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Volume 24 No. 113

Leagues Governing Bodies

          On his "NBA Beat," ESPN's David Aldridge reported that
     while the NBPA is "looking into" decertification should the
     league reopen its CBA next summer, "the agents for several
     high-profile players are concerned that decertifying may
     invalidate the guaranteed contracts their players have." 
     Aldridge: "Lawyers are looking for precedence now, but if
     they don't find an answer that's satisfactory, the NBA's
     union could be without one of its most powerful arguments
     when it goes back to the bargaining table" (ESPN, 12/15).
          HOUSTON'S ROCKET: Charles Barkley appeared on ESPN's
     "Up Close" on Monday.  Barkley, on his talk of a boycott of
     the All-Star Game and/or the World Championships: "I don't
     even know if we're going to have to have a boycott, because
     I think we are going to get locked out.  I think there's no
     question we're going to get locked out" (ESPN, 12/15).
          OH SPIT! USA TODAY's Roscoe Nance writes the NBA "has
     alerted teams it is cracking down on excessive use of
     profanity by coaches and players."  Offenders will be fined
     $2,500 and could be suspended (USA TODAY, 12/16).

          There's a "battle brewing" between the NHL and the
     NHLPA "over the continuance of the Canadian Assistance Plan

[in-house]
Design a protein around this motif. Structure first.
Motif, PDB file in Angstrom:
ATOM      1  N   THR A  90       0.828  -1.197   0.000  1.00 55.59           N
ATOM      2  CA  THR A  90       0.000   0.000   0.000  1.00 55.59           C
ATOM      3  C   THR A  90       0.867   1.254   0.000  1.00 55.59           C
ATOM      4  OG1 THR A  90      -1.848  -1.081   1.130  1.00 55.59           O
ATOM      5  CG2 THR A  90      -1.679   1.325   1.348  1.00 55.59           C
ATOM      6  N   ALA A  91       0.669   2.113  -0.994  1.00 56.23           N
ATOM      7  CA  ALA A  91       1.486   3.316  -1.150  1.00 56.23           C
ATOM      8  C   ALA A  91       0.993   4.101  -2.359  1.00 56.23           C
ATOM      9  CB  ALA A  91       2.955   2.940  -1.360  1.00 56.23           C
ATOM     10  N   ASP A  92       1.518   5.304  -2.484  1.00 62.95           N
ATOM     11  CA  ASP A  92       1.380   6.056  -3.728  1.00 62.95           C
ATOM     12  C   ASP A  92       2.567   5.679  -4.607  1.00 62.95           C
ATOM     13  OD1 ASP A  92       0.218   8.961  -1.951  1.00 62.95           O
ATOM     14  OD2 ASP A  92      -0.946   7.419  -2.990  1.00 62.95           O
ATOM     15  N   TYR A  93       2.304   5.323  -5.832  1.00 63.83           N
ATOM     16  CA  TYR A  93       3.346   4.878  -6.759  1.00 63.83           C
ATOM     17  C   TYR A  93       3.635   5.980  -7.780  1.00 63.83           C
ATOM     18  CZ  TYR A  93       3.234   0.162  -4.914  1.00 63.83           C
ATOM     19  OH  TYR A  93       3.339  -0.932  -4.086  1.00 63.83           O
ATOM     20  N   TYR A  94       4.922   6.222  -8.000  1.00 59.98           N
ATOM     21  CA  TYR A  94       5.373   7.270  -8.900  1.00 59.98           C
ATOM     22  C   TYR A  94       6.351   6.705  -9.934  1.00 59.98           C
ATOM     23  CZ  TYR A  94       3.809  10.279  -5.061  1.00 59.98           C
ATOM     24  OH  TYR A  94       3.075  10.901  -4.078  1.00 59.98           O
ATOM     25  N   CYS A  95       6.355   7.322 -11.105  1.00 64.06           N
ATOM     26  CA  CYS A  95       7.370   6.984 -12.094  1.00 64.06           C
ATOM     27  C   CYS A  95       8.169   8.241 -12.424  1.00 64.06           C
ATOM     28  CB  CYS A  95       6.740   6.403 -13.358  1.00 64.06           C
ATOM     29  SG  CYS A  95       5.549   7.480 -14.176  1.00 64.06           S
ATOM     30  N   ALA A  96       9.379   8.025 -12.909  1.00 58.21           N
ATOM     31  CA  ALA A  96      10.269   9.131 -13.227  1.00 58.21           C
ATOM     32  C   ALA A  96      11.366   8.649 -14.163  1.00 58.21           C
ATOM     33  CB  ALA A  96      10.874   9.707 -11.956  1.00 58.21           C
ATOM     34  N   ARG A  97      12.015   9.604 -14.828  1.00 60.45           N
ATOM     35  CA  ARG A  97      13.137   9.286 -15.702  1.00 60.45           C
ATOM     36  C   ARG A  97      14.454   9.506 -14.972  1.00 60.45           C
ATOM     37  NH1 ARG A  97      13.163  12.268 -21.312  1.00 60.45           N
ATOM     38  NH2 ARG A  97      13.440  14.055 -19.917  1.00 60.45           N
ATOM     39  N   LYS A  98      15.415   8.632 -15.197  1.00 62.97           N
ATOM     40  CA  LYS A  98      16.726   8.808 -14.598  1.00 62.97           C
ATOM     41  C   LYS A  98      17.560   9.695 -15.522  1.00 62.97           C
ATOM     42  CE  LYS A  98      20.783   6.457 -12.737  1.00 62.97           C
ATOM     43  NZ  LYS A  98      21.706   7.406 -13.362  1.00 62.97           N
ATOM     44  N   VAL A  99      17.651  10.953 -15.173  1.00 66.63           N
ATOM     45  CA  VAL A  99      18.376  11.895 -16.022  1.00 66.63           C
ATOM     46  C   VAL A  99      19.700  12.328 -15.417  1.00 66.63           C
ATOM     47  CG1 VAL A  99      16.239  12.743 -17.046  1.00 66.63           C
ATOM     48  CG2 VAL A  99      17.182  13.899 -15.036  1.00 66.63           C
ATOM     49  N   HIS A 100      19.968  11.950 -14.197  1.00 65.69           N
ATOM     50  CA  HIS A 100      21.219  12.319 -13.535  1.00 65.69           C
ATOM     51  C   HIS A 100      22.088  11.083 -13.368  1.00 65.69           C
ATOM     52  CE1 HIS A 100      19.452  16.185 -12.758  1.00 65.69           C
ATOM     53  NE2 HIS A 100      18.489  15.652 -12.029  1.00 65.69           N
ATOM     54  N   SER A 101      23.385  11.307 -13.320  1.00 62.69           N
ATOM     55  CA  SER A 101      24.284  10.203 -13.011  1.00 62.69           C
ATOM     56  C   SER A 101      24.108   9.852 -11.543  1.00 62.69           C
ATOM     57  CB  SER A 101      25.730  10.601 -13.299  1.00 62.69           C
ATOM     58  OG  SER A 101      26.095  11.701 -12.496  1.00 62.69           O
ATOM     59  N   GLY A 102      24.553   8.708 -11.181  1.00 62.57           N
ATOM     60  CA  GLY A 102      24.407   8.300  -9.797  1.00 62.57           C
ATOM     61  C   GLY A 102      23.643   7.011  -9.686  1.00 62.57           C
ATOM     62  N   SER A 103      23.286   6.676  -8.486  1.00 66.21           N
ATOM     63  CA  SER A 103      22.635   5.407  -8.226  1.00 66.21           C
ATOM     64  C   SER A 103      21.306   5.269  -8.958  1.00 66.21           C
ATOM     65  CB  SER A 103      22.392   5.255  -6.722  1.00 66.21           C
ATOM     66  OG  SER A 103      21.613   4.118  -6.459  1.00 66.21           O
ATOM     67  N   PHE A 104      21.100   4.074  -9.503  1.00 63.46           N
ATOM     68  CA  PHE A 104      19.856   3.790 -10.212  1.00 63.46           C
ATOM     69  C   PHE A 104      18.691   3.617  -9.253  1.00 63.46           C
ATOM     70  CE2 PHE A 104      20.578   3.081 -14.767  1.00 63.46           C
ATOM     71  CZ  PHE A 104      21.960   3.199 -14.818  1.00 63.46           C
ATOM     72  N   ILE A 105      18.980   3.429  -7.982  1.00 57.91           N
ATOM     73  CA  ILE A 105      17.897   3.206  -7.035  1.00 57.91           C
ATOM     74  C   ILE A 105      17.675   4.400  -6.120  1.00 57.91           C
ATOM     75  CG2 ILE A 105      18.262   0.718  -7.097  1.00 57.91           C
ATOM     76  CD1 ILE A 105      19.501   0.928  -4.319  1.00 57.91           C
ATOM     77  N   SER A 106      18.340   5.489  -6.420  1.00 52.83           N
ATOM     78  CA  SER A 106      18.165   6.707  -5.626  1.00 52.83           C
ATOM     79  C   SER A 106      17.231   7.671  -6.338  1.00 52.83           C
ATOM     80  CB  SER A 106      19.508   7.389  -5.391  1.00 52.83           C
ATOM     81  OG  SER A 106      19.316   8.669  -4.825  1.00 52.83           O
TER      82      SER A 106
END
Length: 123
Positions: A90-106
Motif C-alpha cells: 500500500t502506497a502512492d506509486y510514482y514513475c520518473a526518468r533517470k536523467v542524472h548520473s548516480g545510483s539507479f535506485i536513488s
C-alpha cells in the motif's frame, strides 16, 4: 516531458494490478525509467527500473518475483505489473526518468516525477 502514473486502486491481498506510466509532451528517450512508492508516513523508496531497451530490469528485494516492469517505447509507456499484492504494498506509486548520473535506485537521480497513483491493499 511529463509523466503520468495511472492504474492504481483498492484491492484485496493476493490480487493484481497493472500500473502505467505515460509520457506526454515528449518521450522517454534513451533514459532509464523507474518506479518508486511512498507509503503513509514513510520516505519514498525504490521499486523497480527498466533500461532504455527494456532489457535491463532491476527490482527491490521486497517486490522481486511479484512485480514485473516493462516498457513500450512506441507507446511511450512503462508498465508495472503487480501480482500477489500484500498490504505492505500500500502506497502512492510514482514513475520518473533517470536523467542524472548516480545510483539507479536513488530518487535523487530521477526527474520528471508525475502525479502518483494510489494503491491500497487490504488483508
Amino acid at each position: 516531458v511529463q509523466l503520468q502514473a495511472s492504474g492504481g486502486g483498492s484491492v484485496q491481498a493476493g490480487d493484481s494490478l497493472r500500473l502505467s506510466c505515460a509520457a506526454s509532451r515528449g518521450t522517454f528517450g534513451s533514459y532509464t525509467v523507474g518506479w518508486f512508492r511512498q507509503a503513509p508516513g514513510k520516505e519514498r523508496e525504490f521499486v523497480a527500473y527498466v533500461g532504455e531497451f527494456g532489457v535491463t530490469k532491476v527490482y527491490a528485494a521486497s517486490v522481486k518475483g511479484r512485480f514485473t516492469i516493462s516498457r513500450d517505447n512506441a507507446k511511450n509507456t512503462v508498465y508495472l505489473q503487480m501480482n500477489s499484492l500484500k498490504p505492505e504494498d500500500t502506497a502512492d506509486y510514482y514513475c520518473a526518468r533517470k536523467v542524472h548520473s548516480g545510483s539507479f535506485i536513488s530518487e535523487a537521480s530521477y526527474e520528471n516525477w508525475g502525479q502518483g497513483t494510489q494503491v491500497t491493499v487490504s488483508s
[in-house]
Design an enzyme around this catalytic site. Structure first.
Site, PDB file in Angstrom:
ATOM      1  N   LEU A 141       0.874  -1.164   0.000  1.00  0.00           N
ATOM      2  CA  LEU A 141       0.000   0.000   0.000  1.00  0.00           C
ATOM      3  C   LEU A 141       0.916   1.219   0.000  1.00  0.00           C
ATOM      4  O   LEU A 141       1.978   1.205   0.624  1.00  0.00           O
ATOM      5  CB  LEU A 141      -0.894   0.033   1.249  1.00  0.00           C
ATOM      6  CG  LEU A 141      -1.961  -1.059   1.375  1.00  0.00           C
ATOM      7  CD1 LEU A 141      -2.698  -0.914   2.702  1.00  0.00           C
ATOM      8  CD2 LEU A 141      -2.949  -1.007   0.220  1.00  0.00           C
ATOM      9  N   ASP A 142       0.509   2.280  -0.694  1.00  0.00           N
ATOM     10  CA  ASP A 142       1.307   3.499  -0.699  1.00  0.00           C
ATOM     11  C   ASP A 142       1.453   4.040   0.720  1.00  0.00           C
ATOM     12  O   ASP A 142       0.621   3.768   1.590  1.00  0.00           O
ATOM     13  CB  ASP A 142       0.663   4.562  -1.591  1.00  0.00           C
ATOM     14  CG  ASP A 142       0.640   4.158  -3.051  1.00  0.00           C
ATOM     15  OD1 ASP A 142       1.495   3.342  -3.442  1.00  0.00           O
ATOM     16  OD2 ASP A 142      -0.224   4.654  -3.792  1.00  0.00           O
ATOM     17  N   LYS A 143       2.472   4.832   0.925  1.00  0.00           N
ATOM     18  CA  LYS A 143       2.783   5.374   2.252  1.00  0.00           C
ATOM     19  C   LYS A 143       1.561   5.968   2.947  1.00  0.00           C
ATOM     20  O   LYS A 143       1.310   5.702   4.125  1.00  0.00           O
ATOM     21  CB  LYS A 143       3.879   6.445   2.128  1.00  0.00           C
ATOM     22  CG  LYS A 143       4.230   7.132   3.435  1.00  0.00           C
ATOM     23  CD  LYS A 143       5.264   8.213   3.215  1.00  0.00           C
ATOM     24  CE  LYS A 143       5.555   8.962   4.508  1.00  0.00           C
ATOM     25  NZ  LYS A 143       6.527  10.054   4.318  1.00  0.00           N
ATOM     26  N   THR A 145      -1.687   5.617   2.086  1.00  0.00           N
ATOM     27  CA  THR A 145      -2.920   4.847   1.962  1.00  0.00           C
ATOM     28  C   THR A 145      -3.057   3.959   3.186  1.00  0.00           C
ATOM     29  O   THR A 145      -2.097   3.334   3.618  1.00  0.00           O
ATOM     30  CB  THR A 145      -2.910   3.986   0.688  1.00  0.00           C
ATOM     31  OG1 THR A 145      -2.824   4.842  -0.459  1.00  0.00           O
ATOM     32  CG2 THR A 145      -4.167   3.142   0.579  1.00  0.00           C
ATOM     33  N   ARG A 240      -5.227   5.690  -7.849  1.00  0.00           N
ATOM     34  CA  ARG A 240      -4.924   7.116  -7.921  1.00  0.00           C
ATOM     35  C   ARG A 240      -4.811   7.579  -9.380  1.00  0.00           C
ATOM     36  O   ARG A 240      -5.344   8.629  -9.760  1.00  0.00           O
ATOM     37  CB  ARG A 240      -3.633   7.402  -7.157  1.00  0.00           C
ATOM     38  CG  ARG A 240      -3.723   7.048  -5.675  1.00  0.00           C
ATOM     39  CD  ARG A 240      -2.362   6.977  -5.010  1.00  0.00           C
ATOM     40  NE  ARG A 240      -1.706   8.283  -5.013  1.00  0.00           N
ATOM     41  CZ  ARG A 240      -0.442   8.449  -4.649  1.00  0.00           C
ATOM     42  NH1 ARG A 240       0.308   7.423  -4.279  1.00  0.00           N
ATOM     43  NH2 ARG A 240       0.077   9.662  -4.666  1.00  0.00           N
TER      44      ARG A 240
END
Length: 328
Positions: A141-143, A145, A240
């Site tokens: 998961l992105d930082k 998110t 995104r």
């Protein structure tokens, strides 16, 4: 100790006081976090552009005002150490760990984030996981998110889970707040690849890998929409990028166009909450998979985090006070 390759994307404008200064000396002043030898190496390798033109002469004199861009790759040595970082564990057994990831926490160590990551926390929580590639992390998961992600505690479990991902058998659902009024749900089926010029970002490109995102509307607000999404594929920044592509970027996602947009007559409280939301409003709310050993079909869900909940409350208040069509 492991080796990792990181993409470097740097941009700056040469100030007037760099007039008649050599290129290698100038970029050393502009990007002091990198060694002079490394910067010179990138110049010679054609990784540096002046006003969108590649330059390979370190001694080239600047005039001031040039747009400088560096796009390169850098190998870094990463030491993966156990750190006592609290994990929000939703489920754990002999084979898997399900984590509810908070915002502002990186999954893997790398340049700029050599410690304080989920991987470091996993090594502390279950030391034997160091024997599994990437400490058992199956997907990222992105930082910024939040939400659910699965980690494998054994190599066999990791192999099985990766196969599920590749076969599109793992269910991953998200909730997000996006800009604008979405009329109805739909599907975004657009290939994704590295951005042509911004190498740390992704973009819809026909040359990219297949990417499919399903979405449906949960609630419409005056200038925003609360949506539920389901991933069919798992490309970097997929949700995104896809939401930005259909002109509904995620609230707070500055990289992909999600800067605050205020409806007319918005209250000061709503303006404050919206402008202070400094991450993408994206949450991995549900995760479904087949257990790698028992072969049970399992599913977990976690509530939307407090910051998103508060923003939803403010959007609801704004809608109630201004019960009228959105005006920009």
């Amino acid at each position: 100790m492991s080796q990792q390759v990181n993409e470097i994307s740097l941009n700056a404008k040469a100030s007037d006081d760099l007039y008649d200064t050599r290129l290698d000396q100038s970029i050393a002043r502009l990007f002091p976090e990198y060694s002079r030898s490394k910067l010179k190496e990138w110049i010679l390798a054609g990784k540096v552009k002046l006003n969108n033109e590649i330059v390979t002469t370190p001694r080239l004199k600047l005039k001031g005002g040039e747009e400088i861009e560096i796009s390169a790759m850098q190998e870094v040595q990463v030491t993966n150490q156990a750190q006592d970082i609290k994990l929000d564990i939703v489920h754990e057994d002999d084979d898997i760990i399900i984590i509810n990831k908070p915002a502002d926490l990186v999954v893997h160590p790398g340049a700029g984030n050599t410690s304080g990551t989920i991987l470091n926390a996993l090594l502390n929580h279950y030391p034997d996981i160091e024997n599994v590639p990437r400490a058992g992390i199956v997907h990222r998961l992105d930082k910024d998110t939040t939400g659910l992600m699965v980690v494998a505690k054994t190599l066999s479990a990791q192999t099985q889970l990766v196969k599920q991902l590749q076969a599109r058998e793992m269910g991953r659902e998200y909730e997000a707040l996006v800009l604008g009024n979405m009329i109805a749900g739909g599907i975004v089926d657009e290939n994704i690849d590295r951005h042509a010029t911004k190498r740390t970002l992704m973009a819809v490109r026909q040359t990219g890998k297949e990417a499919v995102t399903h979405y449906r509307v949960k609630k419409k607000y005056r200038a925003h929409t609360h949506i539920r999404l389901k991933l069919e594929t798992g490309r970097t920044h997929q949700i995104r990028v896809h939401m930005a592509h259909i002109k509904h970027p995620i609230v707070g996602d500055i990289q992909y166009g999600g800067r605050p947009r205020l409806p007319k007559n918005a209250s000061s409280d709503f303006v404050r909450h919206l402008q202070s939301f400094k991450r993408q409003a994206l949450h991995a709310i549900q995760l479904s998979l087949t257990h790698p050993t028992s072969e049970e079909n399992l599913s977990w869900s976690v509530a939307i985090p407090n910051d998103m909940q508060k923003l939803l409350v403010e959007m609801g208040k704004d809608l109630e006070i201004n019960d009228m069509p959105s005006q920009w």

(CAP)," according to Bob McKenzie of the HOCKEY NEWS.  The
     NHLPA has field a grievance with the NHL "against the CAP,
     effectively challenging the legality of it."  McKenzie
     reports the move "apparently prevented NHL governors" from
     formally approving the CAP for another year at the meetings
     earlier this month in FL.  McKenzie: "Instead, the governors
     'recommended' its continuance, recognizing its future hinges
     on the outcome of an arbitration hearing."  The CAP is a
     two-part revenue-sharing plan offering financial aid and
     incentives to "small-market" Canadian teams.  One element
     gives Canadian teams "certain breaks when they're forced to
     match a free-agent offer sheet in U.S. dollars."  The NHLPA
     declined comment while the NHL "simply confirmed an NHLPA
     grievance had been filed" (HOCKEY NEWS, 12/19 issue). 

          ABL CEO Gary Cavalli said the league has signed 32 of
     the 35 players it "targeted to retain," according to Bruce
     Berlet of the HARTFORD COURANT.  The three unsigned players
     are the Blizzard's Jennifer Rizzotti, the Rage's Dawn Staley
     and the StingRays' Venus Lacy.  Rizzotti and Staley "could
     receive sizable offers from" the WNBA and Cavalli is in
     talks with their agent, Kenton Edelin, who also represents
     Rebecca Lobo (HARTFORD COURANT, 12/16).

          The LPGA and Ford's Mercury division have created the
     '98 Mercury LPGA Series, which will provide live TV coverage
     of seven LPGA tournaments during the '98 season on ESPN and
     ESPN2.  The TV series is a first for the LPGA and expands
     Mercury's LPGA partnership.   Six of the seven events will
     appear on ESPN2 and one on ESPN.  Each tournament will have
     three days of coverage, Friday through Sunday.  The series
     begins with the HealthSouth Inaugural from January 16-18. 
     ESPN's OCC Sports will produce the series (LPGA).
          VISIBILITY: LPGA Commissioner Jim Ritts, at yesterday's
     '97 LPGA awards luncheon in NY: "We've got a depth of
     talent, and the money we're playing for is higher than ever.

     But visibility is the key to everything. ... Tiger [Woods]
     expanded the universe of potential fans.  Now we have to
     reel them in with our product.  Visibility and television
     are the most important things."  In N.Y., Clifton Brown said
     while the LPGA had a "remarkable year," it "remains in a
     fierce battle for attention in a sports market that is more
     competitive than ever" (N.Y. TIMES, 12/16).